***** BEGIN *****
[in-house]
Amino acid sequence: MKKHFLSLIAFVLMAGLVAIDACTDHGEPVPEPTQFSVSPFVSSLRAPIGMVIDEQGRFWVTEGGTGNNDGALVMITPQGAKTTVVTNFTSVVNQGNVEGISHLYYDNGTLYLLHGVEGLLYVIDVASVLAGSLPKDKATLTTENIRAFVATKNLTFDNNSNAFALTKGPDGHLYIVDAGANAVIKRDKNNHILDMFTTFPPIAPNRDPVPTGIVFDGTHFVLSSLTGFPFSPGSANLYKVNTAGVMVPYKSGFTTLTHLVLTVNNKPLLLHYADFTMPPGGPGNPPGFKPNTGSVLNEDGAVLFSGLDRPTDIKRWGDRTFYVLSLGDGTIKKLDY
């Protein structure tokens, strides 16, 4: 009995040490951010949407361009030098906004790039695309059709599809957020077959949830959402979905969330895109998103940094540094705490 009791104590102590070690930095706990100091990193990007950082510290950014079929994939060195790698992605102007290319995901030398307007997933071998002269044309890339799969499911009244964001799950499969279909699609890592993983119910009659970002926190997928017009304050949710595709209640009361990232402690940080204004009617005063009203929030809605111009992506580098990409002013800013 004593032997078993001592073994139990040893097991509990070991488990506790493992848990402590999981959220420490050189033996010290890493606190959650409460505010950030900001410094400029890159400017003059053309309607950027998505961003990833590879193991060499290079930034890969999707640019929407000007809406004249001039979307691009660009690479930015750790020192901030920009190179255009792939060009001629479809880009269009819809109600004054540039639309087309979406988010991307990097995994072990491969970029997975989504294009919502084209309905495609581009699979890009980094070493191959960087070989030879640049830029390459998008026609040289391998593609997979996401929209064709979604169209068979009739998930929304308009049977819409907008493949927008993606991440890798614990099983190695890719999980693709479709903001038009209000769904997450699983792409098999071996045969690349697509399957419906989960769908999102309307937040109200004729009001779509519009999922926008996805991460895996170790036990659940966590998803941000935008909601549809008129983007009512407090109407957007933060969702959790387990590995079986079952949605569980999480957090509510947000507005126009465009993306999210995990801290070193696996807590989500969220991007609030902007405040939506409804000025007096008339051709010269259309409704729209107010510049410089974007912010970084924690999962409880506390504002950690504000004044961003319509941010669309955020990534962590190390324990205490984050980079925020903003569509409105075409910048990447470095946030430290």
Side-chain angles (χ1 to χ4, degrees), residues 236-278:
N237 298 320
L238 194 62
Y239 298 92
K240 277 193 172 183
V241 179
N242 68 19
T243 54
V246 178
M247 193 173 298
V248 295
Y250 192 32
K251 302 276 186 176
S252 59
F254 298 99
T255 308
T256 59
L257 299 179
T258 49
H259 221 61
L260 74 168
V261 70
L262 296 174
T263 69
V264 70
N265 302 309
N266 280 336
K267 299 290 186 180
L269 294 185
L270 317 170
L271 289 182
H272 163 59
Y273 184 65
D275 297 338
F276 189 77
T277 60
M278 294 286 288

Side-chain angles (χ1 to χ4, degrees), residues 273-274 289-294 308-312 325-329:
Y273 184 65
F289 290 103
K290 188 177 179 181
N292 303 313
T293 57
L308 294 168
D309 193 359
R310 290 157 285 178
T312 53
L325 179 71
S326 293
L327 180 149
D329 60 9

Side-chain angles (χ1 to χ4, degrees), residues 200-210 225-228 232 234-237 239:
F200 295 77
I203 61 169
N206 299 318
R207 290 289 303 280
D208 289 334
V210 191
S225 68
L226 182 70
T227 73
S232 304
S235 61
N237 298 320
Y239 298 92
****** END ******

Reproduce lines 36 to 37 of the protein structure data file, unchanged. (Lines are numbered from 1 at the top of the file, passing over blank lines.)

Y273 184 65
D275 297 338